I enjoy my teaching at Ohio Northern University and regularly offer the following courses: Introduction to Old Testament, Introduction to New Testament, Women in the Bible, the Bible and Postcolonialism, and the Bible and the Environment. My research interests especially include how insights from the comparative study of oral traditions and conversation analysis can bring additional methodological insights to the study of literature, especially the Hebrew Bible. I also live on a 20-acre organic farm with a large vegetable garden and some livestock that is run by a cooperative that I formed, so that my normal routine includes tending the livestock in the barn as well as my teaching and research. One result of this unusual combination has been how my life on the farm has influenced my research interests in terms of ecological issues.
Areas of Research / Professional Expertise
My research is characterized by interdisciplinary/transdisciplinary approaches. Although my primary discipline is biblical studies, I strive not only to learn enough about other disciplines in order to apply insights from these disciplines to the Hebrew Bible, but also to contribute to the discussions in these other disciplines. As a result, in addition to my regular involvement in the Society of Biblical Literature and participation in other conferences in biblical studies, I have given papers at conferences for other disciplines, including the following: International Pragmatics Association, Modern Language Association, International Society of the Empirical Study of Literature, the Society for Text and Discourse, the European Forum for the Study of Religion and Environment, and the Society for Literature, Science and the Arts. Moreover, some of my publications are not directed primarily to audiences in biblical studies. For example, I have published articles in the following journals outside of biblical studies: Oral Tradition, Language and Communication, Journal of Historical Pragmatics, and Greek, Roman, and Byzantine Studies.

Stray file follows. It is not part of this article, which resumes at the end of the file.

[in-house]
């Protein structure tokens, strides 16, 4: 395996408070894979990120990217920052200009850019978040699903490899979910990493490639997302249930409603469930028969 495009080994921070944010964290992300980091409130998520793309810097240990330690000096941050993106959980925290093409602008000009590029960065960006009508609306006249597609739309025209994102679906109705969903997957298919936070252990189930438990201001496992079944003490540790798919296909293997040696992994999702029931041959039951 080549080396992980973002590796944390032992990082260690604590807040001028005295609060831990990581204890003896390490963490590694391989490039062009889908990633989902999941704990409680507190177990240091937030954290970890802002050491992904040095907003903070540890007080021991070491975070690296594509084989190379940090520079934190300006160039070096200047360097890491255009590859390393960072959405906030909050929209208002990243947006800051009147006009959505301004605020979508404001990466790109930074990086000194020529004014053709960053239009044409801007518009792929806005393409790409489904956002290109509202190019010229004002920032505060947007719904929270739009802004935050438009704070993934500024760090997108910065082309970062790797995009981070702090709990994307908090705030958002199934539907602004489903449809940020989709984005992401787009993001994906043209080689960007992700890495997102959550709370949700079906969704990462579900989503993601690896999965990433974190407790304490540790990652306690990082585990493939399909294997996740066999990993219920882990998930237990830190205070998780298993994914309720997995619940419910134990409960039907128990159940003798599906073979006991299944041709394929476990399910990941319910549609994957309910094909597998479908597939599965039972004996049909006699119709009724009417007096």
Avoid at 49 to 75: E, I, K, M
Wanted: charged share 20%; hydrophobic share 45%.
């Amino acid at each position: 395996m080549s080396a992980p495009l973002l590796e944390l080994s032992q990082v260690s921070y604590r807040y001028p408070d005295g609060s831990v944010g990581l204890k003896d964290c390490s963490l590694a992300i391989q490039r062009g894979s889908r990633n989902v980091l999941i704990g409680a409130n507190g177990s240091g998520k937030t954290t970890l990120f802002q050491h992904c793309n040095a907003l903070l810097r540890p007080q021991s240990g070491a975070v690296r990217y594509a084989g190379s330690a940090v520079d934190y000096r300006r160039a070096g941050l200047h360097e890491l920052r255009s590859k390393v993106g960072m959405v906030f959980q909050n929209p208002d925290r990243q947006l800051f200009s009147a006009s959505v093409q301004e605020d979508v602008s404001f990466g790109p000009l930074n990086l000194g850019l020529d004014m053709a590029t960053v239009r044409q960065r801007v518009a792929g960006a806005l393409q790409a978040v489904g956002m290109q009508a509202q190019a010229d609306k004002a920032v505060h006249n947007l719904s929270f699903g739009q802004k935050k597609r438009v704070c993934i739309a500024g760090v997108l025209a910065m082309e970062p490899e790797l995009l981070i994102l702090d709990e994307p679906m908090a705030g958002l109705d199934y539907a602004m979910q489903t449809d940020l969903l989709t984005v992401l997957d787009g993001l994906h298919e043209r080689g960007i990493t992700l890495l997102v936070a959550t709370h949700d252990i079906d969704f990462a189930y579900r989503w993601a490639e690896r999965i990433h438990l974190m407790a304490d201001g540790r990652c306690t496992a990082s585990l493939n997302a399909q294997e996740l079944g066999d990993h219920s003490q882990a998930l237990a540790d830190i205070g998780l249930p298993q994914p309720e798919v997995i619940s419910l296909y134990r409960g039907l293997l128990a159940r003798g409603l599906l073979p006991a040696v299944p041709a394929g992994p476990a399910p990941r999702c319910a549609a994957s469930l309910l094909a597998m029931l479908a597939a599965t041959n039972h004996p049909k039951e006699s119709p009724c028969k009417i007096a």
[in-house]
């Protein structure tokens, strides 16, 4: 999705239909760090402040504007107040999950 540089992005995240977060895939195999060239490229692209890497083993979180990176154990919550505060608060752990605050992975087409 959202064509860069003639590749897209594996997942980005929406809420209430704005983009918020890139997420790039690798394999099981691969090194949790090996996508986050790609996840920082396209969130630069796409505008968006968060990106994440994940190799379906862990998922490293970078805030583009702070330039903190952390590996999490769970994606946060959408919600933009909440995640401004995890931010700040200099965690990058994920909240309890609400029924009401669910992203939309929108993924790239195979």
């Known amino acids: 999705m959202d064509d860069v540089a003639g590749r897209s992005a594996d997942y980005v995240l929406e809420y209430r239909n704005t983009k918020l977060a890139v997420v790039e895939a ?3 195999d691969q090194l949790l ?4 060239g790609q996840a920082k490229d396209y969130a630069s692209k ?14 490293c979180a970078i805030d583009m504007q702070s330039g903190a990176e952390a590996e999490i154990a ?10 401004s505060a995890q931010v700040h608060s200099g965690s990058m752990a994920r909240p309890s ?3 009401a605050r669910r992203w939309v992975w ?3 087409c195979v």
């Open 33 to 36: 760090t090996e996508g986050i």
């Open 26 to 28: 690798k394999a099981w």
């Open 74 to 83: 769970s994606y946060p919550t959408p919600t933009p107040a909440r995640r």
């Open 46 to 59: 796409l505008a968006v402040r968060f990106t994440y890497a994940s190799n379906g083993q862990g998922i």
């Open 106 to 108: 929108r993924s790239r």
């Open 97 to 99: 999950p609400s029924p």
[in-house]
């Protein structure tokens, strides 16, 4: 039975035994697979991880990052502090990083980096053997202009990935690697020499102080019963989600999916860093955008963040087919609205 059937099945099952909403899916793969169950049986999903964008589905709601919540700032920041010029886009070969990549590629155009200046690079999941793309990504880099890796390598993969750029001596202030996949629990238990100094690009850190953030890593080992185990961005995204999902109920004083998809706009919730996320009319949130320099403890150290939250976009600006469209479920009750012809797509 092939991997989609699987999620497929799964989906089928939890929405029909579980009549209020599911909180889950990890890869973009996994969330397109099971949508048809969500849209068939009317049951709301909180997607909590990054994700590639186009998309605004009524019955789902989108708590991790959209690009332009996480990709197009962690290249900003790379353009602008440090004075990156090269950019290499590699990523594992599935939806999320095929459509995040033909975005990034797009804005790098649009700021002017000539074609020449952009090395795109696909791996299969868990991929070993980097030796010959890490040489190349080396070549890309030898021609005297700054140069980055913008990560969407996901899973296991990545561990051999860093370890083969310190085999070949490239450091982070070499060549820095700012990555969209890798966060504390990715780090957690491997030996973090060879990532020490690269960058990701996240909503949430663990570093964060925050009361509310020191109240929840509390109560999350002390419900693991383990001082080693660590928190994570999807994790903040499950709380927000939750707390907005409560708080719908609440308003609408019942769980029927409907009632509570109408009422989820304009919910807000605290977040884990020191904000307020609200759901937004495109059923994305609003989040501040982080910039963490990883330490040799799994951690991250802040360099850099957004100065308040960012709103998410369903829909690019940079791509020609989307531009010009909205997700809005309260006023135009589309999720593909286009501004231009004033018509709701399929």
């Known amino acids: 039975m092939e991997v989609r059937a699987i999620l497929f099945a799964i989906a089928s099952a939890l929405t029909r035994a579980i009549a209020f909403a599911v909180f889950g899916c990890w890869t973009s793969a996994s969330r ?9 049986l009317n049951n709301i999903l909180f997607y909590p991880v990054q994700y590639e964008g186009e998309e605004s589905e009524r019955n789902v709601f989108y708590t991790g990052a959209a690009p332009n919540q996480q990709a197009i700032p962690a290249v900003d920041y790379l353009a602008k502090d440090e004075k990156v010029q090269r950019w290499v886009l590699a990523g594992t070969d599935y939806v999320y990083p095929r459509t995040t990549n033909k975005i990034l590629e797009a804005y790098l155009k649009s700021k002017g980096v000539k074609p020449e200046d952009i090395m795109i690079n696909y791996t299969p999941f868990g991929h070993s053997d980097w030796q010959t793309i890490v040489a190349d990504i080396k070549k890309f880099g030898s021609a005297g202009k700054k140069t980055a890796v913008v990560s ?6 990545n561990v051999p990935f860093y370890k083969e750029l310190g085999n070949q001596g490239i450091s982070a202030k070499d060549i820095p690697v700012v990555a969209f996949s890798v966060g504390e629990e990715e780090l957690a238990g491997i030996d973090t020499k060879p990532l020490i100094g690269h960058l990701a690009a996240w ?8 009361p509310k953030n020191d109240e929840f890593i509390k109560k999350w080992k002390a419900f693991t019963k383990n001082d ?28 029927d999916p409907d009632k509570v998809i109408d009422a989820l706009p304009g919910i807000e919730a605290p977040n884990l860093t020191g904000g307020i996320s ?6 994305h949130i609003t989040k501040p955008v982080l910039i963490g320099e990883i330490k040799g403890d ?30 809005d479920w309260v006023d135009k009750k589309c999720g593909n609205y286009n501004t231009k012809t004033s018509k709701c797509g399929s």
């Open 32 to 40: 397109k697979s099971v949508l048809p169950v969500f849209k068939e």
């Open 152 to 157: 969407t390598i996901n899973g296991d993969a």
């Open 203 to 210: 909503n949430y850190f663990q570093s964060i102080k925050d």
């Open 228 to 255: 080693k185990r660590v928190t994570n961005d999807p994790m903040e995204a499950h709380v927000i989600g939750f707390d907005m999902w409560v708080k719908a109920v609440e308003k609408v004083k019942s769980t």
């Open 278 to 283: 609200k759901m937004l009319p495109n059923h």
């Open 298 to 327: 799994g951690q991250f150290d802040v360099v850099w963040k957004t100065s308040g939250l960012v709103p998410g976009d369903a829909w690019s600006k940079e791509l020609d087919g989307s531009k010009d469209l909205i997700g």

This interdisciplinary/transdisciplinary approach is evident in the following four areas of research in which I have published and continue to participate in the scholarly discussions: Deuteronomic literature (Deuteronomy, Joshua, Judges, 1&2 Samuel, 1&2 Kings, Jeremiah, Zechariah 9-14), the comparative study of oral traditions, the application of conversation analysis to literary discourse, and ecological hermeneutics.